Dreamworld tragedy: luxury resort planned for theme park

Dreamworld on Queensland’s Gold Coast.

Embattled theme park operator Dreamworld considered developing a multi-million-dollar luxury resort, retail complex and time-share apartment precinct adjoining its Gold Coast site, according to confidential documents obtained by The Australian.

Dreamworld’s owner, Ardent Leisure, had talks with the American-owned Wyndham hotel company and time-share operator as well as high-profile Gold Coast developer Robert Badalotti about building the $100 million-plus property next to the theme park.

Ardent Leisure chief executive Deborah Thomas travelled extensively to research theme park designs and opportunities in the wake of the negotiations.

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Under the scheme, the Dreamworld site would be leased or purchased from Ardent Leisure, which is under market scrutiny following the deaths of four patrons on one of the theme park’s rides last week.

A proposed master plan for the development obtained by The Australian allows for 200 hotel rooms and 80 apartments, and up to 25 shops.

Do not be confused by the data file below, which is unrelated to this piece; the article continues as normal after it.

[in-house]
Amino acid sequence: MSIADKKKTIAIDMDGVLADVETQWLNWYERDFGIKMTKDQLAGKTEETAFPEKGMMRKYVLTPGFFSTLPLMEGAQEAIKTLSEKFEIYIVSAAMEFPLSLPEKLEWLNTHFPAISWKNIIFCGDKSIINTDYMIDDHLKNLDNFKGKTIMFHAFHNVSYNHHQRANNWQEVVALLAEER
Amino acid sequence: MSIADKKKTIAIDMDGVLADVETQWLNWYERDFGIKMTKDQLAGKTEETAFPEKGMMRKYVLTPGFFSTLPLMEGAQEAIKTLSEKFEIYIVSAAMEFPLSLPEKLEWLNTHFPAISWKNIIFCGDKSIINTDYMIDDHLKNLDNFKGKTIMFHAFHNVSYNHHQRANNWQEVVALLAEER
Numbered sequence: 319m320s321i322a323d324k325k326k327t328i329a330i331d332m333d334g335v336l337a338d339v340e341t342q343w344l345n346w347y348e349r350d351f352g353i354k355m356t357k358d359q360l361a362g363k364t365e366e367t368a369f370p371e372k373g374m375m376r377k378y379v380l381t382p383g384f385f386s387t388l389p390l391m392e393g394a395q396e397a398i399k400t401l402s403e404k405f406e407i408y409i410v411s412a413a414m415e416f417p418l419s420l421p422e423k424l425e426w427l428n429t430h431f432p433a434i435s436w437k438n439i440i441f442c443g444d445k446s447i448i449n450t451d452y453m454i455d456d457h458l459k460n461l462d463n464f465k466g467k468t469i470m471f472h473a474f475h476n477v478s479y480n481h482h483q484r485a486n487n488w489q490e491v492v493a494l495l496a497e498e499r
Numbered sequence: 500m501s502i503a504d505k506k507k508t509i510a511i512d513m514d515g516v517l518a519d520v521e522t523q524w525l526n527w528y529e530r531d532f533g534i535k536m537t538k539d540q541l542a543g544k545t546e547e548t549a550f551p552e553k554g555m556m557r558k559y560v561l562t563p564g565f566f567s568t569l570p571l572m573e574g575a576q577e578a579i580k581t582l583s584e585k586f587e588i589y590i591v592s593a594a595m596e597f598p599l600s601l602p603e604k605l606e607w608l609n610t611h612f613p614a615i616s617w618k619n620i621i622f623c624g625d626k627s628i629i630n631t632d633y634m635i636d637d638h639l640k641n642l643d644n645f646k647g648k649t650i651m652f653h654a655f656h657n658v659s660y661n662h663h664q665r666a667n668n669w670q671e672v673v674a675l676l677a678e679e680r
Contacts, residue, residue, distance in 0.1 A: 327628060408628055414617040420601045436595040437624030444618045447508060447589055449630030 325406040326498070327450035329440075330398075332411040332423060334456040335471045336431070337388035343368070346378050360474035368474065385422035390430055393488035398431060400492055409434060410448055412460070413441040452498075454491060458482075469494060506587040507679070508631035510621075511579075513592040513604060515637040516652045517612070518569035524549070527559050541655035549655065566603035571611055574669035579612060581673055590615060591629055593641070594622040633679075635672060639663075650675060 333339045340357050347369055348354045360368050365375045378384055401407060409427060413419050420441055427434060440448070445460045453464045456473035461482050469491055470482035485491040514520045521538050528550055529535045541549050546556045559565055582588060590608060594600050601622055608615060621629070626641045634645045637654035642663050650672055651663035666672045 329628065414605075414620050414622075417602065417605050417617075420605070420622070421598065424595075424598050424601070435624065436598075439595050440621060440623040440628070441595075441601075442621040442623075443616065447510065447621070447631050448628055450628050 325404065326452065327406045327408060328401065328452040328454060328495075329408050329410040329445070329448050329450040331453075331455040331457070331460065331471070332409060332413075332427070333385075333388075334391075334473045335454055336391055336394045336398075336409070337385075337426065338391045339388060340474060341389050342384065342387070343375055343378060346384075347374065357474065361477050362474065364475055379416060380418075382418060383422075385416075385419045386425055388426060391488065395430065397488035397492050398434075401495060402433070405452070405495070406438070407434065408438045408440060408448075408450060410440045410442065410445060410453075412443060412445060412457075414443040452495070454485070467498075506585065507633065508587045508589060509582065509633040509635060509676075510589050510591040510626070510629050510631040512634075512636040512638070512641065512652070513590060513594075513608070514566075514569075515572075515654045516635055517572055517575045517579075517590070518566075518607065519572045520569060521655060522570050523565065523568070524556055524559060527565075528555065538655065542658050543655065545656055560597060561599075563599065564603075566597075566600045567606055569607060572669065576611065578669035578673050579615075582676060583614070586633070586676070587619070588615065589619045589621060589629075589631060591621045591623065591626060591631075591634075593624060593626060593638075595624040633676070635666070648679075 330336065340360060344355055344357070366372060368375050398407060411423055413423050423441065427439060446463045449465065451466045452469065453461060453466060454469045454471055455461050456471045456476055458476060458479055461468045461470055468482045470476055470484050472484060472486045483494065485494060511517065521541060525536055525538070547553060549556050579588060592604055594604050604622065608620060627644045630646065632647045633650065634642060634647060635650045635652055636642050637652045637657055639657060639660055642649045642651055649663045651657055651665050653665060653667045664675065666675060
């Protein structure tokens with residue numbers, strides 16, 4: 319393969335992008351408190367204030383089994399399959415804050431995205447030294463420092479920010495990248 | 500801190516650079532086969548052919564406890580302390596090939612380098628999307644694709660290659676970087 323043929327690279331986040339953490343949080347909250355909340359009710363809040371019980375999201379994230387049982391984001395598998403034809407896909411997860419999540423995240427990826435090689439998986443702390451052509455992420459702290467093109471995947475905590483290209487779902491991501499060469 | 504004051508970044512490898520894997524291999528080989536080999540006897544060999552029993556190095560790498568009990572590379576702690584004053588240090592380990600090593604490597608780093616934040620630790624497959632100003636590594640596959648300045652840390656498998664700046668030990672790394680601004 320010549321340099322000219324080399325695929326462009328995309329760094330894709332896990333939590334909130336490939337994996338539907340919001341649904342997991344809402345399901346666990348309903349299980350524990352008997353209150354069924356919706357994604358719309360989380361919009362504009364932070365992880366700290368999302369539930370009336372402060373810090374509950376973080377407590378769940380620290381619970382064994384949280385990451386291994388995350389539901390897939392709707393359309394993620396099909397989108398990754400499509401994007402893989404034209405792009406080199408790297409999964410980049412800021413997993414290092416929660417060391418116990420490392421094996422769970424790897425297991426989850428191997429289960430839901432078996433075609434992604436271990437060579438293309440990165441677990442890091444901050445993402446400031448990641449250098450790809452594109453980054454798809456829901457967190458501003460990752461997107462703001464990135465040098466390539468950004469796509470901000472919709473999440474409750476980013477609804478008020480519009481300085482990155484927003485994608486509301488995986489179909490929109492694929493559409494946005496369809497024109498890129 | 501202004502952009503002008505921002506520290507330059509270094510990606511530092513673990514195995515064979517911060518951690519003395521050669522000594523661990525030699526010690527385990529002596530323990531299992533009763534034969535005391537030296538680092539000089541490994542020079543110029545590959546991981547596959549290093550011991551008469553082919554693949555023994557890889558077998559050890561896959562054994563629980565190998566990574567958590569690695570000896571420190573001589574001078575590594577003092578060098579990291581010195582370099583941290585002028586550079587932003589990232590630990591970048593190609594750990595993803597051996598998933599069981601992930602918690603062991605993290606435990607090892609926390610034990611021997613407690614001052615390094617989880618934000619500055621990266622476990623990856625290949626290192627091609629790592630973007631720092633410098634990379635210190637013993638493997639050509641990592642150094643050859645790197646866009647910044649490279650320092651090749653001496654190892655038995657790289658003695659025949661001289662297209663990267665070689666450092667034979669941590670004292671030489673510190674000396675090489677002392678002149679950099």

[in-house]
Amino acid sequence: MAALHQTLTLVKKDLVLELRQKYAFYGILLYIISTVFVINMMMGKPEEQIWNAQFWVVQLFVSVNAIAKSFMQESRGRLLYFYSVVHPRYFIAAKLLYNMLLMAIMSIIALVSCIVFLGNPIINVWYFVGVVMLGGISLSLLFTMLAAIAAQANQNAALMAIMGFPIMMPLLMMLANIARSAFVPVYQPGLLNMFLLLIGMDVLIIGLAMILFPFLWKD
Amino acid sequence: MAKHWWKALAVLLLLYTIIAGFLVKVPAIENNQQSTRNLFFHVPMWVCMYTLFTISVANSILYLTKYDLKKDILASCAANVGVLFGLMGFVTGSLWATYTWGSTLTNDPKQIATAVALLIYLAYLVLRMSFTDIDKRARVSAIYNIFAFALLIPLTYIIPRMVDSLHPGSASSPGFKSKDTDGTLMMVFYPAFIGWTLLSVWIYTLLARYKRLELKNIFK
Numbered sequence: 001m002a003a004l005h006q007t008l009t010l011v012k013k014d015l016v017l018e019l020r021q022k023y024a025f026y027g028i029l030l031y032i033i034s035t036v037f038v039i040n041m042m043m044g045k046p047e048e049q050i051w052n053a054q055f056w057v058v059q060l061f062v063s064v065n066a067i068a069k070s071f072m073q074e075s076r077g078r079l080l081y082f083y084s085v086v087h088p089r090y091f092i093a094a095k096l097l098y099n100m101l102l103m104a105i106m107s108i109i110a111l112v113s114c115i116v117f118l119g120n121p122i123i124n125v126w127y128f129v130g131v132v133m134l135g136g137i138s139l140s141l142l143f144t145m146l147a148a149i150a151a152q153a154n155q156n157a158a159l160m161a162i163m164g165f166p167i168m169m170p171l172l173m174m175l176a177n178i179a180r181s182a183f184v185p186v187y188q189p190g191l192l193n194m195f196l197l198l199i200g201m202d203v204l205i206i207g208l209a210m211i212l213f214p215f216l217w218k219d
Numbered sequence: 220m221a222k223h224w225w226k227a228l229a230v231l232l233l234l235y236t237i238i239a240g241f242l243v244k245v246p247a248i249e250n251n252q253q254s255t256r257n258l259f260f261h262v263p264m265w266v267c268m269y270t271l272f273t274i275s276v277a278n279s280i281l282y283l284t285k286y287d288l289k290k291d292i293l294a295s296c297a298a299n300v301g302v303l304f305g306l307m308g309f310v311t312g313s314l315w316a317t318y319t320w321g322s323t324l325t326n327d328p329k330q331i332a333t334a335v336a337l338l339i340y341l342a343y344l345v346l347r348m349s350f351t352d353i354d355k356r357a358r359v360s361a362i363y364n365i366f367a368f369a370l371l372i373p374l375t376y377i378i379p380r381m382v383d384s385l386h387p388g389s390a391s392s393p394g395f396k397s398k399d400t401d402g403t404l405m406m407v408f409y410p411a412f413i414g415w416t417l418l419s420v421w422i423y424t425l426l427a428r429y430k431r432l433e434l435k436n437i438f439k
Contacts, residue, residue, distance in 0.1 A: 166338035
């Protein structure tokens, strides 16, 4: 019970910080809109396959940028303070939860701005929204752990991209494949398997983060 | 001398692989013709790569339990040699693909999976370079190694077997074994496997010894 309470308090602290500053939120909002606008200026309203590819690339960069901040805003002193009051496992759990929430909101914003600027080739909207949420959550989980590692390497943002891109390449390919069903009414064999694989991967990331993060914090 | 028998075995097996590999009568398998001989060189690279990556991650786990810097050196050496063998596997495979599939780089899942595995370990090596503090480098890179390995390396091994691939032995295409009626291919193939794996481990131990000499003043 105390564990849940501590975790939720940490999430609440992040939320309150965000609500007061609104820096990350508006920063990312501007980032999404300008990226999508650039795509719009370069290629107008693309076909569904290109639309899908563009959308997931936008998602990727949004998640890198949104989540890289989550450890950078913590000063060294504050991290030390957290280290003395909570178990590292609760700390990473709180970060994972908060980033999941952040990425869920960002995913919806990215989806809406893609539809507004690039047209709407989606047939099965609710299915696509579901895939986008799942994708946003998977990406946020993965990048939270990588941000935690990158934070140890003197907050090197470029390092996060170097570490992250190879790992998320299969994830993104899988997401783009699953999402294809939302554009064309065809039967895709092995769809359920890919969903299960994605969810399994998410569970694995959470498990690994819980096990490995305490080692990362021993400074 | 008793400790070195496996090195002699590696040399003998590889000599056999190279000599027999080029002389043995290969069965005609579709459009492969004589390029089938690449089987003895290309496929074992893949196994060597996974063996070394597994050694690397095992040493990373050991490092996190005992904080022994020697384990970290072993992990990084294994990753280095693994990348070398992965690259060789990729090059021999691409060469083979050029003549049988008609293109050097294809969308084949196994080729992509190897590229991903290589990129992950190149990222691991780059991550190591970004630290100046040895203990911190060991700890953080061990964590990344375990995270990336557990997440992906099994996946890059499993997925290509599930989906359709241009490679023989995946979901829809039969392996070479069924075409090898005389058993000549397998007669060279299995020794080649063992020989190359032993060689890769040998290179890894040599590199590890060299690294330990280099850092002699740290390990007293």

A project “would provide tourist accommodation which would service the theme park and the city’s north”

Dreamworld executives, including Thomas, held initial meetings last year about the proposal.

A parcel known as “site 6” would have been developed into a resort, with access to the nearby Coomera Town Centre, where QIC Global Real Estate and Scentre Group are building a new Westfield shopping complex.

Thomas did not return The Australian’s calls.

The estimated cost for development was $115m, with finance to come from a major bank.

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Barry Robinson, president and managing director of Wyndham Vacation Resorts Asia Pacific and Wyndham Hotel Group South East Asia and Pacific Rim, says the group has been looking at property at all the theme parks, “but nothing has ever been resolved”.

Badalotti’s Azzura Corporation has previously developed hotels and apartments and is proposing Southport’s tallest tower, the 104-storey Imperial City.

Ardent Leisure chief executive Deborah Thomas travelled extensively to research theme park designs and opportunities in the wake of the negotiations.

The Ardent board appeared keen on the project. “(Ms Thomas) was impressed … the discussions have been active,” says one executive.

The Australian understands that private group Reynolds Private Wealth was working on the scheme.

A representative declined to comment further, saying only that a project “would provide tourist accommodation which would service the theme park and the city’s north”.

Ardent Leisure shares continued to lose ground this week, extending a tumble that has wiped more than 22% of the group’s market value.

– with Lisa Allen

Additional reporting: Daniel Palmer

This article originally appeared on www.theaustralian.com.au/property.